Guide to Directed Writing

Guide to Directed Writing

Directed writing is an important part in the IGCSE English Language exam. A little bit like composite writing in TOEFL, this part of the exam asks you to summarise the main points and opinions in an article and to evaluate these opinions. The question might specifically asks you to agree or disagree with the opinions in the article. The following are a few things that you should know before the test. (Not suitable for everyone since it is mainly for my own revision.)

Beginning and Ending

If you do not know the person you are writing to:

Dear Sir or Madam,

X xx xxxxx, xxxxx x xx xxxxx xx xxxx xxxxx xxx xxxxxxxxxxx xxx xxxx xxxxxxx xx x x xx.  xxx xxxxxx xxx x xxx xx xx.

Thank you!

Yours Faithfully,
Celia.

If you know who you are writing to:

Dear Ms. Jenny,

X xx xxxxx, xxxxx x xx xxxxx xx xxxx xxxxx xxx xxxxxxxxxxx xxx xxxx xxxxxxx xx x x xx.  xxx xxxxxx xxx x xxx xx xx.

Thank you!

Yours Sincerely,
Celia.

First paragraph

Components of a suitable beginning:

☐ I read your thing or listen to your speech
☐ I agree with you a lot / completely agree
☐ There is some differences in our opinions

It doesn’t matter if you are agreeing to the news article or not, you need to write that you agree with the writer of the news article since the writer will not want to read this anymore. There are several ways to do so:

  • I have recently read your xxx article addressing [the problem addressed].
  • I have recently listened to your speech with regards to [the problem addressed].

And then:

  • There are many valid points that you have highlighted to which I am in complete agreement with such as …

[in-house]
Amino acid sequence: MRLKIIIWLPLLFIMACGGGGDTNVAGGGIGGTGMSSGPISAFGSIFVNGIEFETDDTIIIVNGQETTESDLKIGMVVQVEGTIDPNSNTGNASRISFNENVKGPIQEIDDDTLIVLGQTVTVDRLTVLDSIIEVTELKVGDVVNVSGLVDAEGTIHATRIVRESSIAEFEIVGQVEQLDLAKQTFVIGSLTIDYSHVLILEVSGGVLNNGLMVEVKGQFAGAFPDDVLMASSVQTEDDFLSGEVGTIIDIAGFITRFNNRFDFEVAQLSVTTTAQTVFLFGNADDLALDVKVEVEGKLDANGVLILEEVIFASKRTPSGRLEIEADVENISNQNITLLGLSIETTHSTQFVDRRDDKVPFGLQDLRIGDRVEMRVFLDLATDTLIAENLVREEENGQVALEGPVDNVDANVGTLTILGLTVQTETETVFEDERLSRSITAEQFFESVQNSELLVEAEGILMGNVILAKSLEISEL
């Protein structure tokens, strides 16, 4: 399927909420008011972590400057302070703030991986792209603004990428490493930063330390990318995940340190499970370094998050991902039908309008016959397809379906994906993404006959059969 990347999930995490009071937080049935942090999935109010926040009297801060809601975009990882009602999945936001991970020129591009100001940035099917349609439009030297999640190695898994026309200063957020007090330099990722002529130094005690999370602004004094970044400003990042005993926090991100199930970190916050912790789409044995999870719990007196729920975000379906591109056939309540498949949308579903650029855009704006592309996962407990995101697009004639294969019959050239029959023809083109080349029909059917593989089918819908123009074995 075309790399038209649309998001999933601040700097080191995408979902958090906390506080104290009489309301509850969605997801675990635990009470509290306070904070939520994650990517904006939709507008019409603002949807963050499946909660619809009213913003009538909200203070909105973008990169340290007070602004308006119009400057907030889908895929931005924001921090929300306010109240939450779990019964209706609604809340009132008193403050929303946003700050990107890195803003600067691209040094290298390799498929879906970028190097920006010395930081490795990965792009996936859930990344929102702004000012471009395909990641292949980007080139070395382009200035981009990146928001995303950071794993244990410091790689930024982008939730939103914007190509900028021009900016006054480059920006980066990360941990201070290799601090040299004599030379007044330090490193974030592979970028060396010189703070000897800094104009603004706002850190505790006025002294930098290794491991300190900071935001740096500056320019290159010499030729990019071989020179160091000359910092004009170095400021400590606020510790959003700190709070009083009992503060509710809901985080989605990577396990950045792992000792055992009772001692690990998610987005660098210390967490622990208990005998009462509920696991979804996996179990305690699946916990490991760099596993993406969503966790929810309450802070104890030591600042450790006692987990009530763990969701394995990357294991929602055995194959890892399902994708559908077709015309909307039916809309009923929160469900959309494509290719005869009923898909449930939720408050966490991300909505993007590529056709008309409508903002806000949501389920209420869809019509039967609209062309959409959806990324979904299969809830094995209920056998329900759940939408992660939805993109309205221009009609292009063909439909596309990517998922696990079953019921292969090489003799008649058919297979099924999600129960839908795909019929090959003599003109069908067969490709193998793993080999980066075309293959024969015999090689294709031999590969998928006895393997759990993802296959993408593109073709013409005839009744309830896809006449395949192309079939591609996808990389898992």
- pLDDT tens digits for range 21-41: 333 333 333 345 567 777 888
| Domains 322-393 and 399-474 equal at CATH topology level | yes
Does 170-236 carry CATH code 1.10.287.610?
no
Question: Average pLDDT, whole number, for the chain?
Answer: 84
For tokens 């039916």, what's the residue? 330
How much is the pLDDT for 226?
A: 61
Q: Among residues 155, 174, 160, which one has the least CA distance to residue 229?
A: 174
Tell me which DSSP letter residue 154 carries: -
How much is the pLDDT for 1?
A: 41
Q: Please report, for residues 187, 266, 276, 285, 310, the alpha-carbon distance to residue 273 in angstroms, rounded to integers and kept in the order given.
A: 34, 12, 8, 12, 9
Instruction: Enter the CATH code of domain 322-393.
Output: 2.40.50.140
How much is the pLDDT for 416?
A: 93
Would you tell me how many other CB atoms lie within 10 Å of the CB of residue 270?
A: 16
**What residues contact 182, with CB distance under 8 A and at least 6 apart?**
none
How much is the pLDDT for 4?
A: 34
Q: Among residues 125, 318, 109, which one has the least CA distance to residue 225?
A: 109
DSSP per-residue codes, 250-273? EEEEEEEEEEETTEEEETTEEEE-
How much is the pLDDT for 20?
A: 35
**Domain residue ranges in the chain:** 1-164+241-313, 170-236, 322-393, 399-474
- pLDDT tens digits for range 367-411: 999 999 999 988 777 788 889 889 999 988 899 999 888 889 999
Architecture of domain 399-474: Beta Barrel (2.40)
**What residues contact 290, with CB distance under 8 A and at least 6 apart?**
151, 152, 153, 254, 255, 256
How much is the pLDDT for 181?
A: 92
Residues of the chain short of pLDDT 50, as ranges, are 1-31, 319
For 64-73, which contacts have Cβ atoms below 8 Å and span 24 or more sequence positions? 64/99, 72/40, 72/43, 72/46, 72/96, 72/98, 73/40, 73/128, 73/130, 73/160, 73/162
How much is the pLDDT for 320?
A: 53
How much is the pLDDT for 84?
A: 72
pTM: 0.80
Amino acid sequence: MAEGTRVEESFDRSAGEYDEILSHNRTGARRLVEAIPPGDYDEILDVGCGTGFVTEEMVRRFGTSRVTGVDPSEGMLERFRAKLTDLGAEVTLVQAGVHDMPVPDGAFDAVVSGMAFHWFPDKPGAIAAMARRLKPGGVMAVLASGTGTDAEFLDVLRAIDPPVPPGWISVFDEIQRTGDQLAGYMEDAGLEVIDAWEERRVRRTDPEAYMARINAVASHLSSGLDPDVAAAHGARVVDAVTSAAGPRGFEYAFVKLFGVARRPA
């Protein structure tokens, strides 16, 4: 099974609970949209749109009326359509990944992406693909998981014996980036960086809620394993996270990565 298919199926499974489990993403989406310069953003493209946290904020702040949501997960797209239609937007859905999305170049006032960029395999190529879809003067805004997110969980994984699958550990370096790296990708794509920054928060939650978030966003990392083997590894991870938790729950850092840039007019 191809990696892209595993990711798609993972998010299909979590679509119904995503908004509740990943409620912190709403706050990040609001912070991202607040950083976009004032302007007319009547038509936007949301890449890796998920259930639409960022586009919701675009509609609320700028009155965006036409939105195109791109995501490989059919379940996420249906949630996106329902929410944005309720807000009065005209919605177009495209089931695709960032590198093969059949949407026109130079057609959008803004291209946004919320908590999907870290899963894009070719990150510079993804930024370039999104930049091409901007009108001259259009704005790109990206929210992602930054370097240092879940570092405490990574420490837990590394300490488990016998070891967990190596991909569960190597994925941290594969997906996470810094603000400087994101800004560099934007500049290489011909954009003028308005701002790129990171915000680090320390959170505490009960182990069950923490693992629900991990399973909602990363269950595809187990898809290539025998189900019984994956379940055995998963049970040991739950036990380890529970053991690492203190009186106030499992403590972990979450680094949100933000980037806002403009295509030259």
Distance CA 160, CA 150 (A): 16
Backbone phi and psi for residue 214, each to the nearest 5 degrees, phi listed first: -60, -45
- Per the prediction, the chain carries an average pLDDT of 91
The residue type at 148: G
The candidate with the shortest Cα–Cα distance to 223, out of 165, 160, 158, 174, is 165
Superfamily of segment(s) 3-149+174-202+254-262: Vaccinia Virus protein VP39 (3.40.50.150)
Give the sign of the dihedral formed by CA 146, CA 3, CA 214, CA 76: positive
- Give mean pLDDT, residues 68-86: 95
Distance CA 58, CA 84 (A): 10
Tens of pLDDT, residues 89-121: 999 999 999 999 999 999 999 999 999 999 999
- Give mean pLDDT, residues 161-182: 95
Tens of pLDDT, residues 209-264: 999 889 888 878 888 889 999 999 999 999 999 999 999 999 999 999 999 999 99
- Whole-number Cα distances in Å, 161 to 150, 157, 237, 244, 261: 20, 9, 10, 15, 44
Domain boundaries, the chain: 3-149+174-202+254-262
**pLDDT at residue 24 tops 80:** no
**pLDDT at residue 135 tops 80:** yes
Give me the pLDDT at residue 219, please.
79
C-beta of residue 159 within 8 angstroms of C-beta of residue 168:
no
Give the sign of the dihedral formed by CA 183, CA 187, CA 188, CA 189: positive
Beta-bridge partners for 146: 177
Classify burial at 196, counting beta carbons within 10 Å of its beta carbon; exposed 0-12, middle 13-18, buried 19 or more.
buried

• I perfectly / totally agree with many (notice here: many, not some) of your opinions, such as…

And if this letter is to criticise the writer:

  • However, there are some areas which I differ in opinion in such as the concept that…

Body Paragraphs

Components of a suitable body paragraph:

☐ To some degree, I agree with you
☐ But this is something you need to consider about
☐ There can be a balance

Always say that you agree with the writer’s points to some extent first, and list out the writer’s opinions and points. After listing out these, “However” and rebut the writer’s point.

Example

To begin with, I acknowledge that [Opinions of the writer with evidence from the original text]. [More opinions of the writer with more evidence from the original text]. However I feel that…

To be fair to you, exams aren’t exactly every student’s most requested wish. Perhaps back in your days, exams were less important because there was not as much competition for jobs in the world. However, in the 21st century,

Last but not least, I feel… Yes, [Opinion of the writer and some evidences]. But I think

Remember, do not be too extreme or no one is going to listen to you. Use phrases like: “I believe it is possible to achieve a balance between the two.” And words such as “perhaps”, “I feel that”.

Ending

// Remember again, always agree with the writer’s points to some extents first, than express your own points. This makes the register right.

Components of a suitable ending:

☐ Points you agree with the writer
☐ Points that you want the writer to consider about (your opinions against her points)

In conclusion, I felt that there were some reasonable arguments that you made such as… [Opinions of the writer]

However, I hope that I have made you realise that… [Your opinions] I sincerely hope that you will consider these points.


That’s all. Hope this helps!

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